The team went into the winter hoping to upgrade the middle infield and has been halfway successful. In a trade with the San Diego Padres, Mozeliak was able to bring in the enigmatic Khalil Greene. The shortstop provides solid defense while providing tremendous power potential. After losing playing time, Adam Kennedy asked for a trade and was told the team would oblige him. When the Cardinals refused to pay part of his salary, interest in the 32-year-old dwindled. So, the team decided that it did not need to upgrade and Kennedy was their man.
The team has added a potpourri of left-handed relievers, appearing to choose quantity over quality. To be totally fair, the team has added an interesting lot but the two best left-handers going into the off-season are still available.
Recently, manager Tony La Russa identified the ninth inning as his number one priority. While no one doubts Chris Perez or Jason Motte's ability, the future Hall-of-Fame skipper would appear to be much more comfortable with someone who has experience getting the final three outs. Though the upper echelon closers are gone, there is a couple of what appear to be low cost options that have put up big save numbers in the past.
In part one of a two-part series; we will look at the middle infielders and relievers still available on the free agent market. Here are the remaining free agents in alphabetical order.
The Middle Infielders
The former fan favorite would make a nice platoon partner for Kennedy and would likely come at a fair price. The 38-year-old is coming off a season in which he posted a line of .299/.345/.399 in 331 at-bats. Against lefties, he hit .395/.459/.523 in 86 at bats. The Cardinals have struggled against southpaws over the past few years and a.982 OPS would be a welcomed addition.
His 2008 season ended prematurely on August 1 due to a sprained right ankle. During the 2007, he played through two knee surgeries so maybe a platoon would enable the 2006 Gold Glove winner to stay on the field. Even though Bill James is predicting a slight drop off, he would still have a lot to offer considering his defense and ability to hit left-handers. "Grudz" is a Type B free agent who was offered arbitration.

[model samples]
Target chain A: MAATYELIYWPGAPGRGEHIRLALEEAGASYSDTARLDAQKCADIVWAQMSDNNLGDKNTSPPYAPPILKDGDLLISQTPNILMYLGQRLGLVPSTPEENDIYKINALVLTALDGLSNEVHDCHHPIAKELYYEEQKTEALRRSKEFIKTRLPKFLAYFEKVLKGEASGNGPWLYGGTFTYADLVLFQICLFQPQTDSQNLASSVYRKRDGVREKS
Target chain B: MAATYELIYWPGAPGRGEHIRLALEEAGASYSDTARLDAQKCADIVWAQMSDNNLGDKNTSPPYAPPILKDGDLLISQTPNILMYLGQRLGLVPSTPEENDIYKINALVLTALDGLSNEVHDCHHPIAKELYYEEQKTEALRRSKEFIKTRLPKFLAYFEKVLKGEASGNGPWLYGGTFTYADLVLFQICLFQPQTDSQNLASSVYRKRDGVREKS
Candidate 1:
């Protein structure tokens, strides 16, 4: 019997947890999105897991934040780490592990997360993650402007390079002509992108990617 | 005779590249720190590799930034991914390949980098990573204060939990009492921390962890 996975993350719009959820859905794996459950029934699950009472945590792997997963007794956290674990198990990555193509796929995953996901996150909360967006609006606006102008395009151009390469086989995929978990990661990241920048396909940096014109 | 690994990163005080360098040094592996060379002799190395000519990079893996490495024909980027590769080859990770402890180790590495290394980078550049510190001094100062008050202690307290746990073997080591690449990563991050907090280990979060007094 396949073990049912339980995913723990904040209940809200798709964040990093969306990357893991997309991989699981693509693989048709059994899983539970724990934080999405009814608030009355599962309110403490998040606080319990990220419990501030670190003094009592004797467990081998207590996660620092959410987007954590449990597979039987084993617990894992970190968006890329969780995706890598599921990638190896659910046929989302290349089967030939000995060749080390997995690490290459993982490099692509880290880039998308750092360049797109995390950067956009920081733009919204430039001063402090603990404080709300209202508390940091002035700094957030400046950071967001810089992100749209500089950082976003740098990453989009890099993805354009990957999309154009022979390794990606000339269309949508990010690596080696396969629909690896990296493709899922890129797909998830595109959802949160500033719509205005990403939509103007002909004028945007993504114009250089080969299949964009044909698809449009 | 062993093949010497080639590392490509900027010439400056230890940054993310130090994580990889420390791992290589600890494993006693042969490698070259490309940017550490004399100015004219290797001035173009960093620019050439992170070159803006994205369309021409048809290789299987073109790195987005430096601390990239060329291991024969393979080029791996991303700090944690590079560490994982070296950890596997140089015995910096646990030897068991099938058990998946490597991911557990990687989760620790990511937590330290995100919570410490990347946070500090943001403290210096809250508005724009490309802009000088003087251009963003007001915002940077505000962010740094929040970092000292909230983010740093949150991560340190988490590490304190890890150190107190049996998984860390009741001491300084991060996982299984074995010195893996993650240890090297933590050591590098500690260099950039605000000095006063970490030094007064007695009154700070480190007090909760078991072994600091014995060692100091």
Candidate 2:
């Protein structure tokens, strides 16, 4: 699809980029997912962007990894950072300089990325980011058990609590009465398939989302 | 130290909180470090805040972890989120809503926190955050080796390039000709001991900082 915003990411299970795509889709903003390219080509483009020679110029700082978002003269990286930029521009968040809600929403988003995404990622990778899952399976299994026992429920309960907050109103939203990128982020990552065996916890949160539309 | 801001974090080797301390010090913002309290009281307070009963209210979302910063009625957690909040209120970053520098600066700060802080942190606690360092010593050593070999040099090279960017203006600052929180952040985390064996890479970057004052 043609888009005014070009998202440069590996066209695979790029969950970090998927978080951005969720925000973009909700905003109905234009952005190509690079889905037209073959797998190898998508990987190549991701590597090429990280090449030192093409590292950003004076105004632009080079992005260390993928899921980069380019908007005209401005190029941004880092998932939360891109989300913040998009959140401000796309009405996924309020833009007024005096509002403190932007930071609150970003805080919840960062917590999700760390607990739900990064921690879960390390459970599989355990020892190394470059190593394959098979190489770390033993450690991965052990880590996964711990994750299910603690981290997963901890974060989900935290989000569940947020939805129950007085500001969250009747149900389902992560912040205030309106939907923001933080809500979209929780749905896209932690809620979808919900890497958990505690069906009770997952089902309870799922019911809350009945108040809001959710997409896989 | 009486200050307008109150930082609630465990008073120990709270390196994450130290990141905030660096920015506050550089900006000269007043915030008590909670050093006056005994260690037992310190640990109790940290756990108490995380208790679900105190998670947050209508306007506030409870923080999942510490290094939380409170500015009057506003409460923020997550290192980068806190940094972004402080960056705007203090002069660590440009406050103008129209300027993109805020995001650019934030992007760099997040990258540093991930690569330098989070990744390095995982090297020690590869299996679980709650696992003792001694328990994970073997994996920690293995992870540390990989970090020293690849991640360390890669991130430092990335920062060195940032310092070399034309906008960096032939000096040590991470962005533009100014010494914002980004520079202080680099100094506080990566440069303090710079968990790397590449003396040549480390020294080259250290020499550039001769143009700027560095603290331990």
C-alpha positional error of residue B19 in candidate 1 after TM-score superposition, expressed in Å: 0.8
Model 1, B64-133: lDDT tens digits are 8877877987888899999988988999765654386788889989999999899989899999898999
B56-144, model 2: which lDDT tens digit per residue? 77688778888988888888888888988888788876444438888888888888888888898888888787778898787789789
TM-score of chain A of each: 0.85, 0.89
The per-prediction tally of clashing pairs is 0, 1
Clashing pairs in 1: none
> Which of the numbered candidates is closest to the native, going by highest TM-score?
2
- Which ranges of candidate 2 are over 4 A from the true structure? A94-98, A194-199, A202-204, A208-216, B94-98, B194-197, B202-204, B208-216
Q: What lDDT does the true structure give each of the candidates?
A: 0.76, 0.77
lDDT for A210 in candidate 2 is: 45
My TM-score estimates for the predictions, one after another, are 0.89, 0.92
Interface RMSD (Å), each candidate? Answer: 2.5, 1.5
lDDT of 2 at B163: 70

One of the better shortstops in the game, he is coming of a season in which he hit .281/.334/.371. Cabrera consistently puts up solid numbers and plays steady defense. Another consistent is his name in the lineup everyday. Over the last eight seasons, he has averaged 156 games per season.
Due to the slow moving market, it has been reported that the Colombian would play second base if needed. Another player hurt by the compensation system, he is a Type A free agent who was offered arbitration.
Once one of the faces of MLB, Garciapara is now just another face looking for a job as spring training quickly approaches. Injuries have derailed the once promising career but he would seem to have a lot to offer if a team could limit his exposure.
Nomar hit .339/.424/.643 against left-handers in 2008. That 1.067 OPS is a vast improvement over the .753 OPS the Cardinals posted against southpaws last season. Now with the news that Troy Glaus could miss 12 weeks or more, he could be a viable option at third if one of the in-house options fails to step up.